Saturday, May 24, 2008

Singapore Central Business District

These two night shots were taken from the Equinox Restaurant in the 70th floor of the SwissĂ´tel The Stamford, 226 meters above ground.

Clark Quay can be distinguished by the bright yellow lights near the center and the red, arched sign Riverside Point that connects the triangular pattern of roofs to form a symmetry. A few hotels are also recognizable: Peninsula at the front and Novotel and Somerset at the back.

Here, the five-star Fullerton Hotel, identifiable by the glowing, huge white pillars, stands out at the left while the Riverside Quay at the right is made evident by the long trail of bright lights that follow the contour of the river.

The Parkview Square in Bugis is a favorite by many. The building's cladding of brown and black granite, bronze, lacquer and glass, plus several gargoyles found along the building's exteriors make some refer to it as the Gotham building.

With the skyscrapers found in the Tanjong Pagar district, it's not easy to imagine its origin as a fishing village. In Malay, tanjong pagar means cape of stakes.

This is along Robinson's Road, a few meters from the Tanjong Pagar MRT station.

The building on the left is the 254-meter Capital Tower, which is among the tallest in Singapore. I learned from a visit to Singapore's URA Centre along Maxwell Rd., no more than 30 meters away from this area, that the Civil Aviation Authority of Singapore permits buildings to be constructed only up to a maximum height of 280 meters due to aviation reasons.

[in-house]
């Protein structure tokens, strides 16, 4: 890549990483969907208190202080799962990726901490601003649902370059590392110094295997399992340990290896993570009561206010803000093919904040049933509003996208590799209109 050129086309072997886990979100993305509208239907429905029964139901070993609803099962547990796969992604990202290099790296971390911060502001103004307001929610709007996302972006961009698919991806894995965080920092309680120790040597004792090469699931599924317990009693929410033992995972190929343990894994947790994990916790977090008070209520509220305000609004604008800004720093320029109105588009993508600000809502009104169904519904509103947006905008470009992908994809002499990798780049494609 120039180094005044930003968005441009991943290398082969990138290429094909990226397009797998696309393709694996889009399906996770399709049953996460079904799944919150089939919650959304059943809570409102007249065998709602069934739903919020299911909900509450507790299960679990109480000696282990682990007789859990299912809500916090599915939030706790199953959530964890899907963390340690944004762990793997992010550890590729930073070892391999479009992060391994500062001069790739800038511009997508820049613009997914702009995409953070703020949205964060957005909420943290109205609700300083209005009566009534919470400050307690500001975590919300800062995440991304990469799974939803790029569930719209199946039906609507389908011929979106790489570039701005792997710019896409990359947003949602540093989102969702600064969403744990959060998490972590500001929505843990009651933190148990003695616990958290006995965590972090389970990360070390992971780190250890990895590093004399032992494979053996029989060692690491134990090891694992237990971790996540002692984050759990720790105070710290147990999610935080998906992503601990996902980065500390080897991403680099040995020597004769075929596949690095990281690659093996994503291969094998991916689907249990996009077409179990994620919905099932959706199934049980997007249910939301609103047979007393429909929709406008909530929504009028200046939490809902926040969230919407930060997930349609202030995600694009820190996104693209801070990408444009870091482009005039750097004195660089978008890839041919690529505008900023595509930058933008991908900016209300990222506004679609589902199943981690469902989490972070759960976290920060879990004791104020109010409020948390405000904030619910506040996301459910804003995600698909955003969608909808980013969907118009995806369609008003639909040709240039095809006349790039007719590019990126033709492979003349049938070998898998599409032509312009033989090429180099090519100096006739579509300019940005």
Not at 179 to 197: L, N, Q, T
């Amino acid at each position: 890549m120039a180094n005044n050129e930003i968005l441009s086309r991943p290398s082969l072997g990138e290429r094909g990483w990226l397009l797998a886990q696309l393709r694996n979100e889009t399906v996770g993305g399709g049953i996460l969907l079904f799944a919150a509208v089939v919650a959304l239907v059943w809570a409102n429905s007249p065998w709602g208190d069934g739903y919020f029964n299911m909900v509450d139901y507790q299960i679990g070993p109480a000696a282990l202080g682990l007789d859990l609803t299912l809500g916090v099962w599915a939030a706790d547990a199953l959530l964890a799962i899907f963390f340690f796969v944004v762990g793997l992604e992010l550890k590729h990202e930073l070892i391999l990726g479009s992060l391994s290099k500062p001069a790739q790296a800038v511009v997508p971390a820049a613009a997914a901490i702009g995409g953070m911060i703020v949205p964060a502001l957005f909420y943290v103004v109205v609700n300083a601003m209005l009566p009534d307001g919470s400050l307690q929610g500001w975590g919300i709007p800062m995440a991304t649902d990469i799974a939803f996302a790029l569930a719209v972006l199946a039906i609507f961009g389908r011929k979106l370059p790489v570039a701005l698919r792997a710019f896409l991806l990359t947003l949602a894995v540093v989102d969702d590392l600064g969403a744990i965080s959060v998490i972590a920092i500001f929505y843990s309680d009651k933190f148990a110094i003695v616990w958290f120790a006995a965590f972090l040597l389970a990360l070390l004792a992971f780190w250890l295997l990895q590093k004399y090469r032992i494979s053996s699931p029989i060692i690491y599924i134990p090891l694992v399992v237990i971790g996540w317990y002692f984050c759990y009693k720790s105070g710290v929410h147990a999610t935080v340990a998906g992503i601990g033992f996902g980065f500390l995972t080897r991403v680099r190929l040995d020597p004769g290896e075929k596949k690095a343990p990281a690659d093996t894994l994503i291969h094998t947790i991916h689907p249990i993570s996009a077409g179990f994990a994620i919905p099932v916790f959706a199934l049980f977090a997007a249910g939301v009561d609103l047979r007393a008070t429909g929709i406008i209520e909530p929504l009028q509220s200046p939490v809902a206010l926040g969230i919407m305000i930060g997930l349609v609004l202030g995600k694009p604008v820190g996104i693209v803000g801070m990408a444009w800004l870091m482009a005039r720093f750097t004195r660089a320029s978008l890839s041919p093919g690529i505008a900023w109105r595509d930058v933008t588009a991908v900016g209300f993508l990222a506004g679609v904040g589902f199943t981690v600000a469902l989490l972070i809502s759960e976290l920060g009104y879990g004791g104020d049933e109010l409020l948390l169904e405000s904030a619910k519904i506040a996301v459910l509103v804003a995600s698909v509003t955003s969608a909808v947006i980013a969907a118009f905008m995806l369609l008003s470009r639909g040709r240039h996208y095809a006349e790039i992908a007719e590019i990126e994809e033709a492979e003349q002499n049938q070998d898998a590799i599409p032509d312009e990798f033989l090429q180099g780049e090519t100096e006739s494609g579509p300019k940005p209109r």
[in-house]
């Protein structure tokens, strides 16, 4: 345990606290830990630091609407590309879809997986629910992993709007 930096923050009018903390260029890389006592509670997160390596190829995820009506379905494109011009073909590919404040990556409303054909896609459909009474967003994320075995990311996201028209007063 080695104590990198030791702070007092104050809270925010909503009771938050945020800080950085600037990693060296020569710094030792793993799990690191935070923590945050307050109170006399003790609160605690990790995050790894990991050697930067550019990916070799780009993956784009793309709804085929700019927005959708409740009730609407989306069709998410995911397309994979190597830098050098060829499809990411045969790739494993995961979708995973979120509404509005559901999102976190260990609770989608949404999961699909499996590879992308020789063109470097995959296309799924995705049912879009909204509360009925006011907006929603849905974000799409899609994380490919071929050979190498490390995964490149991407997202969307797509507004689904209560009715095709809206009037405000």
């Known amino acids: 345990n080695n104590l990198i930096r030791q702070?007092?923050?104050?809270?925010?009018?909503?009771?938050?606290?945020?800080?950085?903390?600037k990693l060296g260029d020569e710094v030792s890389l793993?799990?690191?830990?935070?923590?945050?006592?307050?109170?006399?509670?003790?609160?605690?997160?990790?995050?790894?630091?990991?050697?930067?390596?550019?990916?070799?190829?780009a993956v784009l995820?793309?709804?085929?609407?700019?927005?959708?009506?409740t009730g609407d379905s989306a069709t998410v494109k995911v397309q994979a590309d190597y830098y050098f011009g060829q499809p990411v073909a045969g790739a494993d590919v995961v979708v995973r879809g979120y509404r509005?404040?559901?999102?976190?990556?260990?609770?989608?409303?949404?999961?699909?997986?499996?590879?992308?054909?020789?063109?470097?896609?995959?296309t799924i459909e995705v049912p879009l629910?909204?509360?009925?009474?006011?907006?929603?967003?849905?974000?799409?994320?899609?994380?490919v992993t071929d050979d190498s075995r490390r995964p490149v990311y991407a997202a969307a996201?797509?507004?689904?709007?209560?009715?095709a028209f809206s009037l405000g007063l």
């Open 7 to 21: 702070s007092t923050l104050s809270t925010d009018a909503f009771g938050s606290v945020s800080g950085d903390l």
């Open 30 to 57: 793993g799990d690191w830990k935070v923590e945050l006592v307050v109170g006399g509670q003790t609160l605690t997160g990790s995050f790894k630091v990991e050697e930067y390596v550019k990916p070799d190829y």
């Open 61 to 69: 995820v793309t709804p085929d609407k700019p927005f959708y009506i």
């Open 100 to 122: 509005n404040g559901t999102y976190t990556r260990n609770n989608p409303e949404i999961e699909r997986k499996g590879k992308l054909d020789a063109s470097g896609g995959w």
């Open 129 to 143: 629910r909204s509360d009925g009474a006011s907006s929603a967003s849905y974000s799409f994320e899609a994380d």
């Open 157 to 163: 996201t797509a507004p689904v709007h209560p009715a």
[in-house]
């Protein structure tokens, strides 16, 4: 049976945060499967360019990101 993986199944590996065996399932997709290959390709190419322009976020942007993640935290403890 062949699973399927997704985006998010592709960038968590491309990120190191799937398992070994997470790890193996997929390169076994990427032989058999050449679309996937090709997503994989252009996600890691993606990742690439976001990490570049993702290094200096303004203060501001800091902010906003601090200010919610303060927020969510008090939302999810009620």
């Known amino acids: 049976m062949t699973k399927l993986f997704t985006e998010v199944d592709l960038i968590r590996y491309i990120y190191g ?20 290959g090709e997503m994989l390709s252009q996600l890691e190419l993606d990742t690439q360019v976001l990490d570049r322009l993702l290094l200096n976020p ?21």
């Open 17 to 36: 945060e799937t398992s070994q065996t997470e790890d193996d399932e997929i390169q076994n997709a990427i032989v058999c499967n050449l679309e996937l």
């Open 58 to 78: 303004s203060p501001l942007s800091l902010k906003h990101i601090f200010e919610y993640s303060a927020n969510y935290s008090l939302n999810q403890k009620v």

Here's a closer look at the Capital Tower:

At the middle of the picture below is the CPF Building, the headquarters of the Central Provident Fund board. The CPF is a compulsory comprehensive social security savings plan for Singaporeans.

The structure on the right is DBS Building Tower 1, marked by the bank's red logo at the top-left part of the building. DBS Bank is the largest bank in Southeast Asia.

One MRT station away from Tanjong Pagar is Raffles, named after Singapore's founder, Sir Thomas Stamford Bingley Raffles.

The wide open space just outside the Raffles MRT station, surrounded by tall buildings that cast a friendly shade, make a perfect place for people to sit down and relax. The video showing on the huge screen is just an added bonus. Some people prefer to read books or newspapers while some just while their time away chatting with colleagues or friends.

I remember during my second visit to Singapore that we designated this area to be our meeting point before we proceeded to have dinner somewhere. We had Singapore Chili Crab at the Riverside Quay, a mere 3-minute walk away from here. Truly memorable!

Below are some other skyscrapers that caught my attention. I shall revisit this post when I have more info.

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